(1) On 30 June 2020 the Ministry of Housing, Communities and Local Government published a ministerial letter to local authorities outlining temporary powers to support EEA jobseekers and EEA nationals exercising initial right to reside who are either sleeping rough or have been temporarily placed in emergency accommodation for the purposes of self-isolation. The letter clarifies that both groups can be provided with non-statutory emergency accommodation and floating support but remain ineligible for welfare benefits and statutory services. Temporary support can be provided for up to three months. Annex B to the letter contains an overview of the qualifying criteria. The powers were introduced nationwide on 24 June 2020 and will remain in place until 31 December 2020. (2) On 29 June 2020 the Local Government and Social Care Ombudsman resumed existing casework and taking on new complaints. The LGSCO proceedings were temporarily suspended in March 2020 in response to the pandemic. The page has been updated to reflect this change. (3) The Homelessness Code of Guidance for Local Authorities has been updated. Paragraphs 8.44 and 8.45 contain information about assessing vulnerability during the pandemic in the context of conditions known to increase the likelihood of a serious outcome of Covid-19. (4) Where a homeless person qualifies for temporary accommodation under the homelessness legislation, any accommodation provided must be suitable. In R (On the application of Escott) v Chichester DC [2020] EWHC 1687 (Admin), the High Court held that where a local authority had provided self-contained accommodation to a homeless applicant who was particularly vulnerable to contracting Covid-19, it was under no obligation to provide white goods and a bed. In this case, the claimant was provided with a mattress and a microwave oven but argued that it was insufficient to enable him to self-isolate. The Court dismissed this argument and held that the authority had acted lawfully.

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Reasonable and additional preference

Changes made 30 June 2020

On 27 June 2020 the government published ‘Improving access to social housing for members of the Armed Forces’. The purpose of the new statutory guidance is to compliment the general statutory guidance on allocation of social housing and assist local authorities when considering applications for social housing by members of the armed forces, veterans, and their families, including estranged spouses or civil partners. The guidance includes a strong recommendation to extend the exemption from local connection requirements to divorced or separated spouses or civil partners of service personnel who need to move out of accommodation provided by the Ministry of Defence and a clarification that the Certificate of Cessation of Entitlement to Occupy Service Family Accommodation is routinely included within a Notice to Vacate pack, which MoD issues at least 3 months before the date of discharge. Local authorities are advised to revise their allocation policies to reflect the new guidance. This and related pages on Shelter Legal have been updated to reflect the new guidance. A link to the guidance is available under ‘Essential links’ on this page. [PREVIOUS WHAT'S NEW 4 June 2020: In R (Idolo) v Bromley LBC [2020] EWHC 860 (Admin), the High Court refused to award compensation to a disabled local authority tenant who spent twenty months confined to his bedroom on the eight floor of a block of flats. The tenant’s needs were assessed as eligible under the Care Act 2014 and care was being provided. While the local authority awarded the tenant high property on their housing register, it took considerable time before a suitable property became available. The tenant challenged the authority’s approach on the basis that social services were wrong to delegate the issue of suitable accommodation to the housing department and the delay in accessing suitable accommodation breached his rights under Article 8 ECHR. The Court rejected these arguments and noted that: (1) section 23 of the 2014 Act prevents authorities from meeting eligible care needs by doing anything that is required under the Housing Act 1996, therefore it was not unlawful for a local authority to accommodate care needs identified under the 2014 Act under the provisions of its allocation scheme devised under the housing legislation; (2) in the absence of maladministration, unfairness or other unlawful conduct on the part of the authority, the delay itself was not sufficient to constitute a breach of Article 8 rights.]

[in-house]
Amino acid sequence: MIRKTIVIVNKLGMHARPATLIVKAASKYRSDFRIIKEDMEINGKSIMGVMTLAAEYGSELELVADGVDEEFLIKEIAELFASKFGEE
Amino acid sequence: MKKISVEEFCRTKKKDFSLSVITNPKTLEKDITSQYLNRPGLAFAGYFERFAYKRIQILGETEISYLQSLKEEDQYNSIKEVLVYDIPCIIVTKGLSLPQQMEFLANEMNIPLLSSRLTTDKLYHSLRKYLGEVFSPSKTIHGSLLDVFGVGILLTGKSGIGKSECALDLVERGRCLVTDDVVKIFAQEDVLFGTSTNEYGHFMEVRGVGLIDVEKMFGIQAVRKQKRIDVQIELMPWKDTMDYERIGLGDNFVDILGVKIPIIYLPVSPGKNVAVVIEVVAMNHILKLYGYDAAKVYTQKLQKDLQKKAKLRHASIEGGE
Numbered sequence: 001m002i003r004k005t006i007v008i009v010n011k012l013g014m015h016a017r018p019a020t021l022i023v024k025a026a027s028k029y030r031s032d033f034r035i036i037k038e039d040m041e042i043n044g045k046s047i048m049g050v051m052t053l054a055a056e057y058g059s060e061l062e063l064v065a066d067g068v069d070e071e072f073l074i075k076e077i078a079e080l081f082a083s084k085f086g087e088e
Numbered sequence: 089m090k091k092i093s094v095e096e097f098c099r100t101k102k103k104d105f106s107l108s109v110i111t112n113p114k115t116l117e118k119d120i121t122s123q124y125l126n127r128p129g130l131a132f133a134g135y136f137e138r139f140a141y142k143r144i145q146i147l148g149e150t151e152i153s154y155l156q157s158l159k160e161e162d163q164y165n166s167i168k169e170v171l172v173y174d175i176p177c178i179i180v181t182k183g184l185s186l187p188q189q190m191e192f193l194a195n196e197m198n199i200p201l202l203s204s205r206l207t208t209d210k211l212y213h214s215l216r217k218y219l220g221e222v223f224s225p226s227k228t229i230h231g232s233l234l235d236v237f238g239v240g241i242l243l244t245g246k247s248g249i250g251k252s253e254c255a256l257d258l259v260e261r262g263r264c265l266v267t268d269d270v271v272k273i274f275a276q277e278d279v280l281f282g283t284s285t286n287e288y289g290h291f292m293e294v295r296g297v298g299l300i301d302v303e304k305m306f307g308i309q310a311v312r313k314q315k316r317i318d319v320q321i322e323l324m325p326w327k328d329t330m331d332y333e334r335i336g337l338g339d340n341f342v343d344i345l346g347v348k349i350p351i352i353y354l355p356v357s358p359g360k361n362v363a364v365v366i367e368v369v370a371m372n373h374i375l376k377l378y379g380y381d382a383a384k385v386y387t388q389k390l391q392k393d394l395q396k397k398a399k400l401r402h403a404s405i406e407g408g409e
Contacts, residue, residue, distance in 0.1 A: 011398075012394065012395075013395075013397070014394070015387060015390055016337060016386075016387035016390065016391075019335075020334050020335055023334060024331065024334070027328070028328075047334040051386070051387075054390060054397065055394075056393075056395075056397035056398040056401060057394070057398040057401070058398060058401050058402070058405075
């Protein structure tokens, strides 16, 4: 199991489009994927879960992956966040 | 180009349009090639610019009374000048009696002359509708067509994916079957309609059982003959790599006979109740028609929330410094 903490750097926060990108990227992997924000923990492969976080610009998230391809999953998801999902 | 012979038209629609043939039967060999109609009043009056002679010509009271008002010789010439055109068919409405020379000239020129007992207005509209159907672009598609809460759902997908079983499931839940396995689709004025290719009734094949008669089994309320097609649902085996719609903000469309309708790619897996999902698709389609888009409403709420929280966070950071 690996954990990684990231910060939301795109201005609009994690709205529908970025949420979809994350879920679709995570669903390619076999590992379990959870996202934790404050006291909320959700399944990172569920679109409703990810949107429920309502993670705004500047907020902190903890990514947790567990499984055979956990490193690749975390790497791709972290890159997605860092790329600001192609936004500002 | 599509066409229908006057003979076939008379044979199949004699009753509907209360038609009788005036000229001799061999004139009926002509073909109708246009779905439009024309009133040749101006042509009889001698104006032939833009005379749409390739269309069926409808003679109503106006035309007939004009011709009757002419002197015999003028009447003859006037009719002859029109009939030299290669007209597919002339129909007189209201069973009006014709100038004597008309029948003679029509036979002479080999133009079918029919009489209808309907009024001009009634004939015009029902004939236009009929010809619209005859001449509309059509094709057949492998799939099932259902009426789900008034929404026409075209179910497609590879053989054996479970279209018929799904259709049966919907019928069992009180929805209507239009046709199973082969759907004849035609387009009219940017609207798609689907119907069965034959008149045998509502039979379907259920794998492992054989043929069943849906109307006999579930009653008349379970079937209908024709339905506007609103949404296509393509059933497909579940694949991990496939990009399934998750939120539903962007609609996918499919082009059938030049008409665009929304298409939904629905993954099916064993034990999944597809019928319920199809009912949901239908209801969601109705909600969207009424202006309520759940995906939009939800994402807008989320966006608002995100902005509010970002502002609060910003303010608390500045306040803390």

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Damages

Changes made 26 June 2020